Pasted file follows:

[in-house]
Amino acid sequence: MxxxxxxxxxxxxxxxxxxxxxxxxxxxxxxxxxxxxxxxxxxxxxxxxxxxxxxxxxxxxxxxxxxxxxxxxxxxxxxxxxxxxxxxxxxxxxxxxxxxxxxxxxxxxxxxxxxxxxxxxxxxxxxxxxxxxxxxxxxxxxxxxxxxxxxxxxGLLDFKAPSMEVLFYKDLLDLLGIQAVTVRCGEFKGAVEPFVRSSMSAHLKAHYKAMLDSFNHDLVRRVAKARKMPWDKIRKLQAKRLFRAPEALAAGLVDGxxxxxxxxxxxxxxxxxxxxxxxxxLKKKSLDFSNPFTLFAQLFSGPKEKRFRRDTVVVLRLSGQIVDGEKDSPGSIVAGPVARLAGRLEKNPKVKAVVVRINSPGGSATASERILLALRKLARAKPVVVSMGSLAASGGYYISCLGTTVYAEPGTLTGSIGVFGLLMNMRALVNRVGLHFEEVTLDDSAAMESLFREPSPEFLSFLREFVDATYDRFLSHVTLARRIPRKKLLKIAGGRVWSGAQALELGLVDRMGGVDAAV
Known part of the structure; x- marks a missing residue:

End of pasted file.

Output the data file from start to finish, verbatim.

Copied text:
[in-house]
Amino acid sequence: MxxxxxxxxxxxxxxxxxxxxxxxxxxxxxxxxxxxxxxxxxxxxxxxxxxxxxxxxxxxxxxxxxxxxxxxxxxxxxxxxxxxxxxxxxxxxxxxxxxxxxxxxxxxxxxxxxxxxxxxxxxxxxxxxxxxxxxxxxxxxxxxxxxxxxxxxxGLLDFKAPSMEVLFYKDLLDLLGIQAVTVRCGEFKGAVEPFVRSSMSAHLKAHYKAMLDSFNHDLVRRVAKARKMPWDKIRKLQAKRLFRAPEALAAGLVDGxxxxxxxxxxxxxxxxxxxxxxxxxLKKKSLDFSNPFTLFAQLFSGPKEKRFRRDTVVVLRLSGQIVDGEKDSPGSIVAGPVARLAGRLEKNPKVKAVVVRINSPGGSATASERILLALRKLARAKPVVVSMGSLAASGGYYISCLGTTVYAEPGTLTGSIGVFGLLMNMRALVNRVGLHFEEVTLDDSAAMESLFREPSPEFLSFLREFVDATYDRFLSHVTLARRIPRKKLLKIAGGRVWSGAQALELGLVDRMGGVDAAV
Known part of the structure; x- marks a missing residue: